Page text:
Orthokeratology - Alternative Treatment to Laser Eye Surgery

Orthokeratology (ortho-K, corneal refractive therapy) is a non-surgical alternative to laser surgery for vision correction. It involves the prescribed use of contact lenses to remould the surface of the cornea to correct myopic (short-sighted) and astigmatic (irregular surface) errors that would otherwise require glasses.

They are worn only during sleeping hours to give clear vision without the need for contact lenses or spectacles for the majority of, or possibly for all, waking hours.

Ortho-K works best with myopia up to -4.00 dioptres and astigmatism up to -1.50 dioptres. There are options for higher prescriptions but is not always successful. The effect of orthokeratology is temporary and for refractive stability, the contact lenses are best worn on consecutive nights, ongoing.

During the process of wearing the contact lenses the epithelium, the outer-most layer of the cornea, is the only layer of the cornea that is altered. The contact lens sits on a thin layer of tears and generates forces that gradually create a new corneal shape. The corneal epithelium is renewed every 14 days throughout life so the process of ortho-K is completely reversible.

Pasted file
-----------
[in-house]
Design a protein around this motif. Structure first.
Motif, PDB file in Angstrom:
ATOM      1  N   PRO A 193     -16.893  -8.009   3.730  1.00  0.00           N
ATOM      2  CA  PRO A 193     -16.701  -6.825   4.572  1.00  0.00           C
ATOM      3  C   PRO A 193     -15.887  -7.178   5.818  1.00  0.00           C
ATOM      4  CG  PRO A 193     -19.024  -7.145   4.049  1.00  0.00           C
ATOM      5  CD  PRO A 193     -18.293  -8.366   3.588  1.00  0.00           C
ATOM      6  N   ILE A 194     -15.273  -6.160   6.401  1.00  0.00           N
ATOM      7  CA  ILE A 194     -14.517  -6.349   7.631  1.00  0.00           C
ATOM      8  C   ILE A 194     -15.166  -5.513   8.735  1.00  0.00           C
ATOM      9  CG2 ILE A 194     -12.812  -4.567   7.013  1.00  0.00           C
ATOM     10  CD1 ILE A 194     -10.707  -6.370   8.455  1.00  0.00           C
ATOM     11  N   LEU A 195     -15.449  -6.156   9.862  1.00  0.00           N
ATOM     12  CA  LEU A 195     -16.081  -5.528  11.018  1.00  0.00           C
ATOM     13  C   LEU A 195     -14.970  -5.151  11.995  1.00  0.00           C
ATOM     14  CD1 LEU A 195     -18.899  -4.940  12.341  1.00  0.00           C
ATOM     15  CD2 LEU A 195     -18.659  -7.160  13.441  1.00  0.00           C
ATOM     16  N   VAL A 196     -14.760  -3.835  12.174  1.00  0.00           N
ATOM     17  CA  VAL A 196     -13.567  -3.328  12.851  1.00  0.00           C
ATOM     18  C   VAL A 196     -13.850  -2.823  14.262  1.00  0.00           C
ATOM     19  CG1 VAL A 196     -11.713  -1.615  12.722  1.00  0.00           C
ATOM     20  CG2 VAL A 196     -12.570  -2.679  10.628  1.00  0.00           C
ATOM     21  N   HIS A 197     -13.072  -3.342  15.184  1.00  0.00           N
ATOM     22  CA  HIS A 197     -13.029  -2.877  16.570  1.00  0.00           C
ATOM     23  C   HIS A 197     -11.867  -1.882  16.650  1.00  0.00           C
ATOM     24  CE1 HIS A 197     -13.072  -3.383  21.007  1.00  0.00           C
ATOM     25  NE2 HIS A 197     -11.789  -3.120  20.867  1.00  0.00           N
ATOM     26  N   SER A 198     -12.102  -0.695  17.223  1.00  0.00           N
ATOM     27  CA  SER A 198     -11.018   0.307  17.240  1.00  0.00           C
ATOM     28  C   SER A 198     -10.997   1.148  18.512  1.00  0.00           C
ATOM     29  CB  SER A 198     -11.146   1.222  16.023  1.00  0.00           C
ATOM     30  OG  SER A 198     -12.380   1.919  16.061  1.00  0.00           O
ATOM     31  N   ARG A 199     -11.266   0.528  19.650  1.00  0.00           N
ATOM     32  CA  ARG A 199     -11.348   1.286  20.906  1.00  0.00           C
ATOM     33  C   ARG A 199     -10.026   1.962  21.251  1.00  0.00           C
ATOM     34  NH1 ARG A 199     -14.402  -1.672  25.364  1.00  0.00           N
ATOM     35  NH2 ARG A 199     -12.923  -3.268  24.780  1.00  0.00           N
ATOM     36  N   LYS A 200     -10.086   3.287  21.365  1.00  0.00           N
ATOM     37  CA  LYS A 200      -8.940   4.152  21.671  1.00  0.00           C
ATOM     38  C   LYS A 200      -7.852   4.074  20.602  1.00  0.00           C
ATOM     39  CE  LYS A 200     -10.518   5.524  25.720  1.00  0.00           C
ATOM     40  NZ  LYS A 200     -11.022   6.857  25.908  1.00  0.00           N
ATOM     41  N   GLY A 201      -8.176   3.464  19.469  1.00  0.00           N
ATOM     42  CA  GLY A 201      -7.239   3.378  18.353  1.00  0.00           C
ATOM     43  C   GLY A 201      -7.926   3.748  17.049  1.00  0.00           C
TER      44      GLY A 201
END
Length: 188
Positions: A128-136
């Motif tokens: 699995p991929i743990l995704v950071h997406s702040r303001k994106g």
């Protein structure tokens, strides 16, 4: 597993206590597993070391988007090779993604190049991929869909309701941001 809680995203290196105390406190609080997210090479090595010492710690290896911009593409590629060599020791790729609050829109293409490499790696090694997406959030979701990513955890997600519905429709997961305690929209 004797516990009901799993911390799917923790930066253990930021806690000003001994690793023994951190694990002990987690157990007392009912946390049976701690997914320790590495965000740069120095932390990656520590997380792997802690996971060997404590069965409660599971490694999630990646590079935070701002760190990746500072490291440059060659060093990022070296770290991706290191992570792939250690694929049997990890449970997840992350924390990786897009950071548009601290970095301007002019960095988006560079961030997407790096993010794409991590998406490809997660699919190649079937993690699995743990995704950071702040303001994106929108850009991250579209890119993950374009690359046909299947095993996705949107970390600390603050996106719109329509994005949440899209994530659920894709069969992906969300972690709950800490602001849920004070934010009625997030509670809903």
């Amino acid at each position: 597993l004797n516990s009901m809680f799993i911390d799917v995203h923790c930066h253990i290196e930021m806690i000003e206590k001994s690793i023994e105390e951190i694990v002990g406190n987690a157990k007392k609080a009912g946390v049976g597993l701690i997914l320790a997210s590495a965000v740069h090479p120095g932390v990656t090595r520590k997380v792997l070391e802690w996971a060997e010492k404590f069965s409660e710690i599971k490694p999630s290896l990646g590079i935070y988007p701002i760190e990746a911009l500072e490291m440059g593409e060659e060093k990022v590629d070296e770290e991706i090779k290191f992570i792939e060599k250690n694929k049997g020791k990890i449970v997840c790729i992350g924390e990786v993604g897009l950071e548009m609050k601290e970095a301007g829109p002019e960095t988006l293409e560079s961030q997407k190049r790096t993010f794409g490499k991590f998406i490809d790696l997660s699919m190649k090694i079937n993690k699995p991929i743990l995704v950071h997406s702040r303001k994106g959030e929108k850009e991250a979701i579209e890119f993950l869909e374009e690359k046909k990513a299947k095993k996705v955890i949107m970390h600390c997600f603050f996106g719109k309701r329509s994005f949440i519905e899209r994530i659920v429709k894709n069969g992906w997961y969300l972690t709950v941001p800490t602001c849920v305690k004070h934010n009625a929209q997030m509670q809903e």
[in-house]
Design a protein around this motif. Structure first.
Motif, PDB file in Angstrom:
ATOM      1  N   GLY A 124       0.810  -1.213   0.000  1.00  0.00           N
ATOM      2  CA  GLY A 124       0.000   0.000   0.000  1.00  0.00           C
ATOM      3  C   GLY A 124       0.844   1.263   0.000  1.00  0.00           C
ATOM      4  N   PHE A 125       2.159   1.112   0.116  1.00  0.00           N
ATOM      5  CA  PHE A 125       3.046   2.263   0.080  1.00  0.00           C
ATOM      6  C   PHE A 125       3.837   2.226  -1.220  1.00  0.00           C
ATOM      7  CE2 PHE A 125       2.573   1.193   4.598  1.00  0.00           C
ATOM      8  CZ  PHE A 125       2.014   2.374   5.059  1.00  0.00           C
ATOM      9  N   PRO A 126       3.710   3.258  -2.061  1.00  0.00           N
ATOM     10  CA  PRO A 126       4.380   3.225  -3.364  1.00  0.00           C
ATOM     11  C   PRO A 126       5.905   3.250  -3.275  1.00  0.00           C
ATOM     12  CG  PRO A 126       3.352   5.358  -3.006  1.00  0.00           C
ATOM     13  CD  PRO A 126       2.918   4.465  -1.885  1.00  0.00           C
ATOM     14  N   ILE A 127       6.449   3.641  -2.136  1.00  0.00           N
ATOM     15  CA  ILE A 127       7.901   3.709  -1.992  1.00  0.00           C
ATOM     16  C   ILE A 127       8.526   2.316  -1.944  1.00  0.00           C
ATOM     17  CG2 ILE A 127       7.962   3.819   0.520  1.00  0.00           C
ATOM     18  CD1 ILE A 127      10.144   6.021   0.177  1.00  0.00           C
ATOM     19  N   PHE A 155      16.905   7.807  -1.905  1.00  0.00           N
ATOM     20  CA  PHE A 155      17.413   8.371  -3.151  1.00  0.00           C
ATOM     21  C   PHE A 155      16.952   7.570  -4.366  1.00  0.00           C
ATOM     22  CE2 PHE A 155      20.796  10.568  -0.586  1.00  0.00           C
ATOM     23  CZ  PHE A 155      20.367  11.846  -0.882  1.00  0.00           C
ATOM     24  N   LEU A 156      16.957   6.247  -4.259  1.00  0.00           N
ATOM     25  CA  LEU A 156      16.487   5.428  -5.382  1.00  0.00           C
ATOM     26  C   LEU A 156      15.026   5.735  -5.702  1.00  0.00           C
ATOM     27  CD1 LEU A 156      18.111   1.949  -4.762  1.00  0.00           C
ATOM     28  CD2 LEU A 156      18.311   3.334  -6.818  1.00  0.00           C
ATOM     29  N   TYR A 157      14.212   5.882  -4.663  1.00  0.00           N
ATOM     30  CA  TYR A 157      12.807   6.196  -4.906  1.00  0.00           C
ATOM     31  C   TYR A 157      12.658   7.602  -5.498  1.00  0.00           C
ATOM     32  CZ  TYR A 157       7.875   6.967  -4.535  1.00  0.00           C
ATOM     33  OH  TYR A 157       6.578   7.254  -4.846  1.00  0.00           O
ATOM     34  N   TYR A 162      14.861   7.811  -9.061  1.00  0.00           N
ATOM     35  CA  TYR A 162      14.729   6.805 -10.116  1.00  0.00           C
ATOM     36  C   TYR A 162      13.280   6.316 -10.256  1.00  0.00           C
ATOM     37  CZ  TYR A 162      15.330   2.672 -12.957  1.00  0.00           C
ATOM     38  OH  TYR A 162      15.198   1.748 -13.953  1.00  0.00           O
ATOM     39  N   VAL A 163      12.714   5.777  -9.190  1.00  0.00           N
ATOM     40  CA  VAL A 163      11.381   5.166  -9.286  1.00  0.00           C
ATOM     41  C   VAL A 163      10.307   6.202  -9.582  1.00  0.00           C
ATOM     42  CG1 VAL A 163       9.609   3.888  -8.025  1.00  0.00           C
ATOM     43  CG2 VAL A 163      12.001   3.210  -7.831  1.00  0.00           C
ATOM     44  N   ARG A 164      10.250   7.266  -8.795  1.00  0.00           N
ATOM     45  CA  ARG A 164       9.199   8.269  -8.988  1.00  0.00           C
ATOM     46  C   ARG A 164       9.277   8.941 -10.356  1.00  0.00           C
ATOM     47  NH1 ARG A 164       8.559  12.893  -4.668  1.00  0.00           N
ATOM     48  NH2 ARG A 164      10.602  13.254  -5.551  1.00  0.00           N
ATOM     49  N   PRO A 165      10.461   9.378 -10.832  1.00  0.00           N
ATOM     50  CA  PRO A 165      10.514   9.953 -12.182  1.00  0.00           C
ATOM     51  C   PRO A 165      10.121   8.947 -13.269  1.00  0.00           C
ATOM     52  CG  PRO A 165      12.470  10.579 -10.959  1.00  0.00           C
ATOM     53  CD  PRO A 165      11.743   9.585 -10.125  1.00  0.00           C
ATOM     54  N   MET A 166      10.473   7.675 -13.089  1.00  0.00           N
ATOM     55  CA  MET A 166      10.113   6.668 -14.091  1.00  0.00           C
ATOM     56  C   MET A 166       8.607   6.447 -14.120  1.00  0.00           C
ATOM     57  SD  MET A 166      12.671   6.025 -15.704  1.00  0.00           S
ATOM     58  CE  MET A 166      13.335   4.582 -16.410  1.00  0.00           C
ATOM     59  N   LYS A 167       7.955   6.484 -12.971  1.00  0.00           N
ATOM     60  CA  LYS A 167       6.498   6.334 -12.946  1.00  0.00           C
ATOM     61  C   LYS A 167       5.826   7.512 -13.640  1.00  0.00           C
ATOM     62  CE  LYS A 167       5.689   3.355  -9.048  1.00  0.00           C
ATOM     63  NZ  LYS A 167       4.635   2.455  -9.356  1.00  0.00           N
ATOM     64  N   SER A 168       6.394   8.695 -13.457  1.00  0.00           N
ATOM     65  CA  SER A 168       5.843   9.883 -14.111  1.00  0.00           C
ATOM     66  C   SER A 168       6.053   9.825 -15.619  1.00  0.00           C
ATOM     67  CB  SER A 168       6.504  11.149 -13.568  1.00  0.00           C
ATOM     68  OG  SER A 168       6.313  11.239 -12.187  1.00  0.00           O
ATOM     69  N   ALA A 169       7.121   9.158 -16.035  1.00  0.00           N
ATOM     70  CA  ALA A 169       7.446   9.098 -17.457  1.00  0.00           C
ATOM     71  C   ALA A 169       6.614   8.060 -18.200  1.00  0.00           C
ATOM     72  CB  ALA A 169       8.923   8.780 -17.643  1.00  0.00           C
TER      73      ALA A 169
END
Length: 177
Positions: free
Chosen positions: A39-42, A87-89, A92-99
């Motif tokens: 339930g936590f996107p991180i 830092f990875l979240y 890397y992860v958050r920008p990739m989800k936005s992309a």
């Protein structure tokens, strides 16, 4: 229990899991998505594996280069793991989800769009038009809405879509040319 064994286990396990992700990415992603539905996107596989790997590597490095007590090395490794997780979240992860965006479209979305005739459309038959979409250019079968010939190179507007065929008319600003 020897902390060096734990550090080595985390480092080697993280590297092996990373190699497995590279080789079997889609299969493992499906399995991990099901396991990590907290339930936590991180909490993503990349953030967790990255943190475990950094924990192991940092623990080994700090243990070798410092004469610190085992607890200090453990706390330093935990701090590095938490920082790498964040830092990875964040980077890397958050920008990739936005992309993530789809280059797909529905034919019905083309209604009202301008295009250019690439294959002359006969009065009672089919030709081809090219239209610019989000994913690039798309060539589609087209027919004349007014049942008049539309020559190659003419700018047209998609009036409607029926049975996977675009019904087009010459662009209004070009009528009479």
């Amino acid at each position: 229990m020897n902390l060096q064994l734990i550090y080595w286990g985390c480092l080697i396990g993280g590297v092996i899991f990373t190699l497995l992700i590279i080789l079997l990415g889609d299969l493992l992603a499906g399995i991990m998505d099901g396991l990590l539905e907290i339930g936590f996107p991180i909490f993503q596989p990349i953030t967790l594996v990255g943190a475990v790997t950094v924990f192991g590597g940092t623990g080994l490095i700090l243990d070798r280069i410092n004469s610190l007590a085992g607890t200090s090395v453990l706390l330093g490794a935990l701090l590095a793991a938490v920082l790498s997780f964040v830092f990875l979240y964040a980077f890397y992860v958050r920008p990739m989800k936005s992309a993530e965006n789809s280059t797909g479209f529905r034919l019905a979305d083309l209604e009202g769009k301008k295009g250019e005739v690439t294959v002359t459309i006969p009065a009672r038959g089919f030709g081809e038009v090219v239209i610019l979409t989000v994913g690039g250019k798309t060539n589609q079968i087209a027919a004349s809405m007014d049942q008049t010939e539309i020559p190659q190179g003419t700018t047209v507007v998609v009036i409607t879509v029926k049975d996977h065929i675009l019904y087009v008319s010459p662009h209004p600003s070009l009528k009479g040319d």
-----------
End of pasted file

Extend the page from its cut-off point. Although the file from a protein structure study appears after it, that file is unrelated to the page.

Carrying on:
Historically, optometrists have accepted that myopia in some children will get progressively worse over their teenage years and even into their 20s. Now, with advances in vision correction, orthokeratology has gained momentum in several fields of research including the control of myopia progression.

There is a growing body of evidence that orthokeratology can be used to slow the rate of myopia progression (myopia control). The therapy is only suitable at the discretion of your practicing optometrist as other intervention strategies may be indicated.

Ortho K is also useful for people who participate in sports, or who work in dusty, dirty environments that can cause problems for regular contact lenses.

The process of orthokeratology starts with a comprehensive eye exam to identify the factors involved. From there, images of the cornea are taken with a topographer, which gives an accurate picture of the curvature of the cornea. From here, the ortho-K contact lenses are customised and ordered for the fitting process to begin.